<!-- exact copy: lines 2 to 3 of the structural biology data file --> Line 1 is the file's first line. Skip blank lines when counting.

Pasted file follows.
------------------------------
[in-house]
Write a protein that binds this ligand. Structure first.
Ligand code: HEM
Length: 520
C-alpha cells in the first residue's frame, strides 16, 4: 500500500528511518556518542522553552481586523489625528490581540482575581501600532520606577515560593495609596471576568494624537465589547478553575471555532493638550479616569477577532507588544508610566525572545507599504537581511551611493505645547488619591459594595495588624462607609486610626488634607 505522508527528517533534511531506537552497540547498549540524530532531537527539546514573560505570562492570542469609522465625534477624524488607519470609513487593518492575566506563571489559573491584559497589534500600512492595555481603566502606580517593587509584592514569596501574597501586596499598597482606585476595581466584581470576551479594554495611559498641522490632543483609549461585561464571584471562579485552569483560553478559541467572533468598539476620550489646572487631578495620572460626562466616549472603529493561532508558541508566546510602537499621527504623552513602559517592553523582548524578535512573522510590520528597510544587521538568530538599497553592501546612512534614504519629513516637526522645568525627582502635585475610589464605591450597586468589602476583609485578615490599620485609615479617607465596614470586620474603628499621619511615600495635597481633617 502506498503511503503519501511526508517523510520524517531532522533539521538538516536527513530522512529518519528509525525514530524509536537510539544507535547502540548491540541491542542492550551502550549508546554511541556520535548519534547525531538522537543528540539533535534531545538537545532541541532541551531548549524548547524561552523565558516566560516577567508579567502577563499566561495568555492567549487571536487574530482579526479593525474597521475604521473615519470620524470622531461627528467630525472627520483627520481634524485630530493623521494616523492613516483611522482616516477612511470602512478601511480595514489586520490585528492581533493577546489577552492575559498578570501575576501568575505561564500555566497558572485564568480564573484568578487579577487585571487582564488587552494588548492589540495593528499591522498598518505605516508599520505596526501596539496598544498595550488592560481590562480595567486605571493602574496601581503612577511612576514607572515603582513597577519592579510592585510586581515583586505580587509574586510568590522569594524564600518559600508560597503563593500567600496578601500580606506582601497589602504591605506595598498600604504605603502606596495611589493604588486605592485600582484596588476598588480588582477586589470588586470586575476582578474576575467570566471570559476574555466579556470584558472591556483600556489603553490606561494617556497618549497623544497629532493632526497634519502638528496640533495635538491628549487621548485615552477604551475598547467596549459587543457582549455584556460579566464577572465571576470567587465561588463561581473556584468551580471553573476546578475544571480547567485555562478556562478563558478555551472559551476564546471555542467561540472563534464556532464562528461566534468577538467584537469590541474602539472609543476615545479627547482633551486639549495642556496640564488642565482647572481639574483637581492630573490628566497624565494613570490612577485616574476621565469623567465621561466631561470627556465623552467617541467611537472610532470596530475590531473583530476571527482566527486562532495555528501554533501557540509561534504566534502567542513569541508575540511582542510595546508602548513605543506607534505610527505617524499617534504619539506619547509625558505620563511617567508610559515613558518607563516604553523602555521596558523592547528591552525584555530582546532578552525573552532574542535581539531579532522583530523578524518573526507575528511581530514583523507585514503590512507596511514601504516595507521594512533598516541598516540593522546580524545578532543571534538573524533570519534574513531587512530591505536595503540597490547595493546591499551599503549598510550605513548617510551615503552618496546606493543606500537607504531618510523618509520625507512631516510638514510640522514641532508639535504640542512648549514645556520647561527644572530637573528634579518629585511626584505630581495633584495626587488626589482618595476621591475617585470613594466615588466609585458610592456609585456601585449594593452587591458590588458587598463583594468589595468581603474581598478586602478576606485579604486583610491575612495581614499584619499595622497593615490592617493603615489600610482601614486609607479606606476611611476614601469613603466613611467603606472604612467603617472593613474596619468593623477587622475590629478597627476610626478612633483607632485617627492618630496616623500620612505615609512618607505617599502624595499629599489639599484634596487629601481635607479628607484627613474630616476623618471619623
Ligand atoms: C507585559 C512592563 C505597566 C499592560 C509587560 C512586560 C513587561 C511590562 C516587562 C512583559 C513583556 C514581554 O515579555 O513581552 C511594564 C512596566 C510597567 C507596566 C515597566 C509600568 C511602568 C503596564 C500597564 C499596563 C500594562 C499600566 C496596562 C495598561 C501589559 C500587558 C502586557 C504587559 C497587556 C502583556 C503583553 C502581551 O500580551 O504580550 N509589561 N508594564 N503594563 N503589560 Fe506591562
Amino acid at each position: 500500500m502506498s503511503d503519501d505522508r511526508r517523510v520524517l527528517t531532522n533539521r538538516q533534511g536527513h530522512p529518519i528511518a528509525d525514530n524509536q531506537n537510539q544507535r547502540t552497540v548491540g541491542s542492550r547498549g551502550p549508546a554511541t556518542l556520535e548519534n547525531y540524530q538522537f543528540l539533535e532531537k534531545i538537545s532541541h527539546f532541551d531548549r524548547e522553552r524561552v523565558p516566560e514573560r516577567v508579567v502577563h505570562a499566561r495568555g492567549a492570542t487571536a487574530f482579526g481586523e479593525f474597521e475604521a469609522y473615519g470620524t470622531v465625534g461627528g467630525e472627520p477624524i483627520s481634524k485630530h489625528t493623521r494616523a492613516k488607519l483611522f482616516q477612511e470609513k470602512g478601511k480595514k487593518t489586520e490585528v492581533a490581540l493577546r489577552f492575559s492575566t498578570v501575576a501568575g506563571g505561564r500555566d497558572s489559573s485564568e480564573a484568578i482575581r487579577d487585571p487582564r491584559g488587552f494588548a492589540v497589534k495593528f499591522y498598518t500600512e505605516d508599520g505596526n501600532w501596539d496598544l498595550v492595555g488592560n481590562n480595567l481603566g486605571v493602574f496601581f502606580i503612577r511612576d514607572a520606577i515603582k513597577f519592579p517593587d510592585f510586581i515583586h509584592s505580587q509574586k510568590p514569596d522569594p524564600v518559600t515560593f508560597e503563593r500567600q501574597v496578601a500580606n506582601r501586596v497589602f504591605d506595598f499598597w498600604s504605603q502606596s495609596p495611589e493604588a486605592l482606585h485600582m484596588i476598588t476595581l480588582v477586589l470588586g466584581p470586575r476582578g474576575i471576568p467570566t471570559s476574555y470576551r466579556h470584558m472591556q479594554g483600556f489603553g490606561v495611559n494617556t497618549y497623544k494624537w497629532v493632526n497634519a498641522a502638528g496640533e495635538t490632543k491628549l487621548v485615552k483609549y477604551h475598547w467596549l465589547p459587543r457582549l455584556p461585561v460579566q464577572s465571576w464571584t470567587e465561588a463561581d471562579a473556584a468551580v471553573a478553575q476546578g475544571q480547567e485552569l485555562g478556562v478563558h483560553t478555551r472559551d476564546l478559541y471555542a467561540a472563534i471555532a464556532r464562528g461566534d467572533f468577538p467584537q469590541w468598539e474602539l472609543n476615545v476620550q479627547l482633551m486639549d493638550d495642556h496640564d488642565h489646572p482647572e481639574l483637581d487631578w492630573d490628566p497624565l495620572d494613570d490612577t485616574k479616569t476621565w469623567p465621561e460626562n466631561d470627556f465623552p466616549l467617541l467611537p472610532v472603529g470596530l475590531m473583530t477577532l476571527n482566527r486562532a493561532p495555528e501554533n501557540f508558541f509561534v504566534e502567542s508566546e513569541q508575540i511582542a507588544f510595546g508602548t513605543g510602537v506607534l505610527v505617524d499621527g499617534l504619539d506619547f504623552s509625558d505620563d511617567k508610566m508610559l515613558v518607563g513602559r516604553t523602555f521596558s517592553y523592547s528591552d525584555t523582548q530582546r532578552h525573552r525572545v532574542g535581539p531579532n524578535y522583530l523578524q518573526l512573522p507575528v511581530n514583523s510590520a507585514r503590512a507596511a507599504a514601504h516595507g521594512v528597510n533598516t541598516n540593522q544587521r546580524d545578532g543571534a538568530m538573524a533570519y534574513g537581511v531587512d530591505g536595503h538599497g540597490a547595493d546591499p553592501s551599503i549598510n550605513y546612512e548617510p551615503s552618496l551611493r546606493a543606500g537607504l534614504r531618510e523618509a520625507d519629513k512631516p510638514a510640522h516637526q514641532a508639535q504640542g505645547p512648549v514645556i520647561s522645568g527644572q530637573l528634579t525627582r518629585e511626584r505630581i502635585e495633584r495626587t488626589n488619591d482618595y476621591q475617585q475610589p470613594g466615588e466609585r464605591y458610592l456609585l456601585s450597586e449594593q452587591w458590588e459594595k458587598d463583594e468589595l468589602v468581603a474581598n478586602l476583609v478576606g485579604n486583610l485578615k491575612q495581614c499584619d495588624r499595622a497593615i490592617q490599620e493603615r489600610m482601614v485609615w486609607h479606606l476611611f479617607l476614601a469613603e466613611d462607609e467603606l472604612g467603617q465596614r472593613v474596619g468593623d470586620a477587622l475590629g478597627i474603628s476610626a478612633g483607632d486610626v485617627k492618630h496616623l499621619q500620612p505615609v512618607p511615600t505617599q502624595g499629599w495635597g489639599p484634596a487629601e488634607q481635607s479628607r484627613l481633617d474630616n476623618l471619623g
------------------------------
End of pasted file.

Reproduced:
Write a protein that binds this ligand. Structure first.
Ligand code: HEM